I believe that filmmakers should create their own path to success instead of waiting for someone to else to get you there. I started IronFlix because I kinda see the direction film consumption is heading. VOD streaming is not the future; it is now! I want to be able to reach my audience anywhere in the world without depending solely on cinemas and traditional television networks.
I originally came from Nigeria, a country that built their film industry (Nollywood) from scratch without help from the government. Most people like me (Nigerian filmmakers) don’t worry about things like “Oscar So White” because we try as much as possible to create our own opportunities and create a market for our work. No one can marginalize us and tell us the types of movies or stories to tell. We have our own film industry, film festivals, cinemas and the Africa academy awards that’s slowly being recognized around the world. One of my main goals is to collaborate with like-minded individuals working in Nollywood, Hollywood and other western film industries to help spread genuine African stories to a global audience.
What are the top films being viewed on IronFlix that we should all watch out for?
Some of the great films and Tv shows you can watch now on IronFlix include Anchor Baby, Ojuju, Making of A Mogul, Pamper Your Mum, Form 36 and many many more.
Your next film project is called Laundrymen – is that a short or feature film? Can you share any teasers or background info on this new production?
Laundrymen will be a feature film. I’ve been developing it for over three years now and it’s a revenge crime thriller. It will be my most ambitious project till date and I’m looking forward to starting production. I’m still raising funds to shoot it so if you know anyone interested in financing a great film, please contact me let’s make it happen.
What advice (or cautions) can you offer emerging indie filmmakers starting out along a similar career path as you did?
All I can say is just do it. Most people talk about what they are going to do when they have the right money, equipment, cast and crew etc. Truth is, you will never have everything right the way you want it. Also, make sure whatever film you’re making is saying something, and it’s something you can be proud of after all is said and done. Your time is way more valuable than money because you can’t replace the time you lost on a film that isn’t about anything.
You can follow Lonzo on his journey with Meet the Parents, as well as his activities during TIFF via social media:
And I’ll be posting updates throughout TIFF so subscribe to my blog or follow me on Facebook.com/FordhamPR or Twitter & Instgram: @FordhamPR
Last night, I was thrilled to be part of the capacity audience at Kensington Market’s Poetry Jazz Cafe (224 Augusta Ave) as Toronto-based Afro-Cuban trumpeter ALEXIS BARO and his band killed it on stage as part of this year’s TD Toronto Jazz Festival.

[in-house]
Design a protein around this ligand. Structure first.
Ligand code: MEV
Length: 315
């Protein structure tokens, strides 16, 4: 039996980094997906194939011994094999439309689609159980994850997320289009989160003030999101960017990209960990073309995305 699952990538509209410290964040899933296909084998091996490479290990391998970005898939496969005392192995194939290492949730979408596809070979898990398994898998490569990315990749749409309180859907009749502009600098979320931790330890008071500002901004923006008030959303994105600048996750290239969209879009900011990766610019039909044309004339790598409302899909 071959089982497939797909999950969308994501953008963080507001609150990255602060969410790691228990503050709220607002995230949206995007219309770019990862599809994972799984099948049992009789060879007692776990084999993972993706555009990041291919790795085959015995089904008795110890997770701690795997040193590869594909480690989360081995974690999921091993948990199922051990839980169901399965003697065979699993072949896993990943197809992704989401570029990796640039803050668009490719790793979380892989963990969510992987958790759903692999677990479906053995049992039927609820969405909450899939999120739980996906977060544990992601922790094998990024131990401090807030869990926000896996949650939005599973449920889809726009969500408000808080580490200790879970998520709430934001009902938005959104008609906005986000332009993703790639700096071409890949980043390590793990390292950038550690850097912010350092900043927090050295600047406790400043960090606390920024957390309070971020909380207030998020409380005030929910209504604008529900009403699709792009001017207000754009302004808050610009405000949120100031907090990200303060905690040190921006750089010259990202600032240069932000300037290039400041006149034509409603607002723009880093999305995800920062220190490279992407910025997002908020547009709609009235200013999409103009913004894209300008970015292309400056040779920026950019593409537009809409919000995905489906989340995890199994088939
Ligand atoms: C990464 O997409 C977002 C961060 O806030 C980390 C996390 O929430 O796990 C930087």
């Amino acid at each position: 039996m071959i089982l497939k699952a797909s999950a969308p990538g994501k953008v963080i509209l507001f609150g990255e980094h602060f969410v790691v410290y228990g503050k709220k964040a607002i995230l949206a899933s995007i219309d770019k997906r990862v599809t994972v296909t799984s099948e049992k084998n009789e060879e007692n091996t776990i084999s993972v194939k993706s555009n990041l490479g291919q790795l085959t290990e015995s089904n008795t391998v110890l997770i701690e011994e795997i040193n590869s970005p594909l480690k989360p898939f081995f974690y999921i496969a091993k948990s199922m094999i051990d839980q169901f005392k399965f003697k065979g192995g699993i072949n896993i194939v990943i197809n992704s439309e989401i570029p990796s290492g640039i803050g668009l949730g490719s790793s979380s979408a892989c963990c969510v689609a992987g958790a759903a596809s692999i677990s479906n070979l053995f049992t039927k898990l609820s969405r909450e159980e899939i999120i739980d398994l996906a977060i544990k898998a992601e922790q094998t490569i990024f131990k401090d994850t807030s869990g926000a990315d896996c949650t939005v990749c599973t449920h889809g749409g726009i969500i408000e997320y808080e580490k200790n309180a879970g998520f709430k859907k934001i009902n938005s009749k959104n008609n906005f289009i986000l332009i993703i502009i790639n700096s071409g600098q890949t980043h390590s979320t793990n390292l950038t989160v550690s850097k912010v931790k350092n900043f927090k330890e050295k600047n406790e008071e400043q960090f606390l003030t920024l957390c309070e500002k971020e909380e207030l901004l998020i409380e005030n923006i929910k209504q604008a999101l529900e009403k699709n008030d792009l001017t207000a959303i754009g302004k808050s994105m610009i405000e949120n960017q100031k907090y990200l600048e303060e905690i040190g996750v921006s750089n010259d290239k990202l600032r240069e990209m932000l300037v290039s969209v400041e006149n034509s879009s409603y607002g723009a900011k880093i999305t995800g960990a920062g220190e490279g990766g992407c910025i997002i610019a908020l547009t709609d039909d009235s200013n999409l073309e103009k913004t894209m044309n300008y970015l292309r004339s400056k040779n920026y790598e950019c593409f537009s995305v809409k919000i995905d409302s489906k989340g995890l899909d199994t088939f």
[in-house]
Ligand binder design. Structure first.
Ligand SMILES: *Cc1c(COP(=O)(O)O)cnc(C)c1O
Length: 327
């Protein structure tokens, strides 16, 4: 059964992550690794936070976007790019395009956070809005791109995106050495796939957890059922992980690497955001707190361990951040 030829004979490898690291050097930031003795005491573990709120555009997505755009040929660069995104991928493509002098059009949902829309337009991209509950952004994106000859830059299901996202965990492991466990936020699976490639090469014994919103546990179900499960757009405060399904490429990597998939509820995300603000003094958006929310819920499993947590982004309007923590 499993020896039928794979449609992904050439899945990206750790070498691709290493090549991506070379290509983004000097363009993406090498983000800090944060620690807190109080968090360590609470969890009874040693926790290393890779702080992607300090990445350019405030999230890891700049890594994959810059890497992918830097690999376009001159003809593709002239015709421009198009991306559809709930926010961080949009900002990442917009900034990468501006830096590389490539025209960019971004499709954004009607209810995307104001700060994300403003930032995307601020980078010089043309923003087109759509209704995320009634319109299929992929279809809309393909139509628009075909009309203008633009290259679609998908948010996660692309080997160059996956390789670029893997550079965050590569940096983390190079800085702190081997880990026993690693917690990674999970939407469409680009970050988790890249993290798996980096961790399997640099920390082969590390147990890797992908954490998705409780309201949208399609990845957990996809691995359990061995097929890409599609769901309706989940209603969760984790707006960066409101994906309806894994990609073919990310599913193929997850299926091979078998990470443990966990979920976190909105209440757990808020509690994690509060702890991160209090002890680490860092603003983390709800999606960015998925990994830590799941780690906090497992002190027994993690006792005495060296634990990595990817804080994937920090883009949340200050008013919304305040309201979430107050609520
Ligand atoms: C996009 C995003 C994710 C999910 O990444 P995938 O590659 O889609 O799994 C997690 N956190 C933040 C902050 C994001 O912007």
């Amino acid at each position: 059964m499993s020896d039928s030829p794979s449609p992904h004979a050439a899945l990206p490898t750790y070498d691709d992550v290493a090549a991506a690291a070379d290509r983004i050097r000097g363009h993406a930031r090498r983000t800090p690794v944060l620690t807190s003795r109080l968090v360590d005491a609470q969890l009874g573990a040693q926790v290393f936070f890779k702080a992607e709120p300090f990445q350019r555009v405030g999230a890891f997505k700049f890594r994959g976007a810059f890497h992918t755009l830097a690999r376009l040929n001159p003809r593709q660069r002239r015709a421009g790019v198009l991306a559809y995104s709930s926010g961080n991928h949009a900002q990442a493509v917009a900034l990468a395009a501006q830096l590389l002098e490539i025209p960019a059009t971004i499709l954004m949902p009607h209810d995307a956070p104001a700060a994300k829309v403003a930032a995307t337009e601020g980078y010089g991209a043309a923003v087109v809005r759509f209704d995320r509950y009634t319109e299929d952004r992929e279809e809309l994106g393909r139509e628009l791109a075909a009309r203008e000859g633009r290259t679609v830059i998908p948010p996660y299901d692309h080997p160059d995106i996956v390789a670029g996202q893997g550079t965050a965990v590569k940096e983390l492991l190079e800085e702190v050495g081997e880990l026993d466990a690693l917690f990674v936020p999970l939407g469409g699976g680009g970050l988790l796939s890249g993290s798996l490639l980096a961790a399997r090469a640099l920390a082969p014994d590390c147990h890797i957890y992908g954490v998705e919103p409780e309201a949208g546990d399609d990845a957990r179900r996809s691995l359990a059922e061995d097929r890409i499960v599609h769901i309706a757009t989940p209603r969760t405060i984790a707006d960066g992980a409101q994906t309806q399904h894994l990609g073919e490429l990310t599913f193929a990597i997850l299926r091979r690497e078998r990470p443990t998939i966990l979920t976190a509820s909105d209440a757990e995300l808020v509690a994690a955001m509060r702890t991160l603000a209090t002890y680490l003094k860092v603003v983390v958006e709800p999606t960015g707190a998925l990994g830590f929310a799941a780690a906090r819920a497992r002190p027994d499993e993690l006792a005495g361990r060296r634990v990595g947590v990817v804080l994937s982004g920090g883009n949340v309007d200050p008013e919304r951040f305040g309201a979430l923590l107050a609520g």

Performing music from his recent album, Guilty Pleasure, Alexis was joined by drummer extraordinaire Amhed Mitchel, Jeremy Ledbetter on keys and Yoser Rodrigues on bass. He also teased us with several new compositions from his upcoming Alexis Baro & Pueblo Nuevo Jazz Project that pays tribute to his Cuban musical roots – his new CD, Sugar Rush, due for release this coming September.
Alexis has performed and recorded with many celebrated artists including David Foster, Pacquito D’Riviera, Paul Shaffer, Andreas Bocelli, Omara Portunda, Joey DeFrancisco, Gino Vanelli, Wayne Newton and Tom Jones. He has been the opening act for Herbie Hancock and has led his own groups on tour across Canada, Europe and the West Indies.
His Guilty Pleasure album is a collection of laid back, soulful original compositions touching on a variety of genres including Latin, Afro-Cuban and Contemporary Jazz, and features Cuban female rapper Telmary and Dwayne Morgan. Congratulations to Alexis – Guilty Pleasure was recently named the Gold Medal Award winner at the Global Music Awards. You can purchase the album via iTune dowload or via www.alexisbaro.com
The venue, Poetry Jazz Cafe, located in the heart of Toronto’s Kensington Market, is a cosy showroom entered via an enclosed front foyer filled with comfy chairs and couches. Out back is an open-air patio with candlelit tables surrounded by shrubery that offers a discreet area for conversation or a romantic date night. Run by the charming Sean Pascalle and his welcoming staff, it’s a great new find for Toronto’s live music fans and I recommend you check it out in person. www.poetryjazzcafe.com (you can find lots of photos and news on their Facebook page, linked via the website). I sat at the bar with Alexis’ wife, Tracey (below) who kept me informed on the story of each tune and joined me in cheering along with the rest of the enthusiastic crowd as the band took their bows.The bar itself is decorated by some pretty cool posters and giant photos of legendary jazz figures such as Miles Davis (‘natch), Nina Simone, Stachmo…and over the bar, Sean has installed a giant tv screen – last night it was showing a famous Cuban animated feature to complimented the live music.I was really moved when Alexis picked up his flugelhorn and performed this gorgeous smooth jazz number….
Watch for the release of Alexis’ new album in September – I’ll post an event page on Facebook to promote the concert in Toronto. In the meantime, visit his website www.alexisbaro.com for more music and videos.